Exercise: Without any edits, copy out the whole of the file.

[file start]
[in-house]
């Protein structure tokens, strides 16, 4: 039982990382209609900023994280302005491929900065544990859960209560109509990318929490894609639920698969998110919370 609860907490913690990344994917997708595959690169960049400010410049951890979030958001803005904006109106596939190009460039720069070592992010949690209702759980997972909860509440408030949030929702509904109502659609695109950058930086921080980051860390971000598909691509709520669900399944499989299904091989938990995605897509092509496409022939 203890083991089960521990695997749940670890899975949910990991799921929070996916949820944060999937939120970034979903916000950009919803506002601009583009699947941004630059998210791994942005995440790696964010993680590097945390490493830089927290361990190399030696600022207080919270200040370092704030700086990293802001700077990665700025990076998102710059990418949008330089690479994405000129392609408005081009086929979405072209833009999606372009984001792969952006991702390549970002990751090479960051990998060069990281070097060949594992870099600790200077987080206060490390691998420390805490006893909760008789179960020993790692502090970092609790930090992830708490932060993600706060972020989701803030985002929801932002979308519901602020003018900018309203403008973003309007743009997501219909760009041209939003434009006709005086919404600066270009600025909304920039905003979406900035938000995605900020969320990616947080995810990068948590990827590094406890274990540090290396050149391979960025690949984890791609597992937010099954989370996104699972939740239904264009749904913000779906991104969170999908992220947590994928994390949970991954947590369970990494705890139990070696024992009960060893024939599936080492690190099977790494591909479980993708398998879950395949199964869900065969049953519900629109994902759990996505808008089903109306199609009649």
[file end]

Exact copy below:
[in-house]
């Protein structure tokens, strides 16, 4: 039982990382209609900023994280302005491929900065544990859960209560109509990318929490894609639920698969998110919370 609860907490913690990344994917997708595959690169960049400010410049951890979030958001803005904006109106596939190009460039720069070592992010949690209702759980997972909860509440408030949030929702509904109502659609695109950058930086921080980051860390971000598909691509709520669900399944499989299904091989938990995605897509092509496409022939 203890083991089960521990695997749940670890899975949910990991799921929070996916949820944060999937939120970034979903916000950009919803506002601009583009699947941004630059998210791994942005995440790696964010993680590097945390490493830089927290361990190399030696600022207080919270200040370092704030700086990293802001700077990665700025990076998102710059990418949008330089690479994405000129392609408005081009086929979405072209833009999606372009984001792969952006991702390549970002990751090479960051990998060069990281070097060949594992870099600790200077987080206060490390691998420390805490006893909760008789179960020993790692502090970092609790930090992830708490932060993600706060972020989701803030985002929801932002979308519901602020003018900018309203403008973003309007743009997501219909760009041209939003434009006709005086919404600066270009600025909304920039905003979406900035938000995605900020969320990616947080995810990068948590990827590094406890274990540090290396050149391979960025690949984890791609597992937010099954989370996104699972939740239904264009749904913000779906991104969170999908992220947590994928994390949970991954947590369970990494705890139990070696024992009960060893024939599936080492690190099977790494591909479980993708398998879950395949199964869900065969049953519900629109994902759990996505808008089903109306199609009649």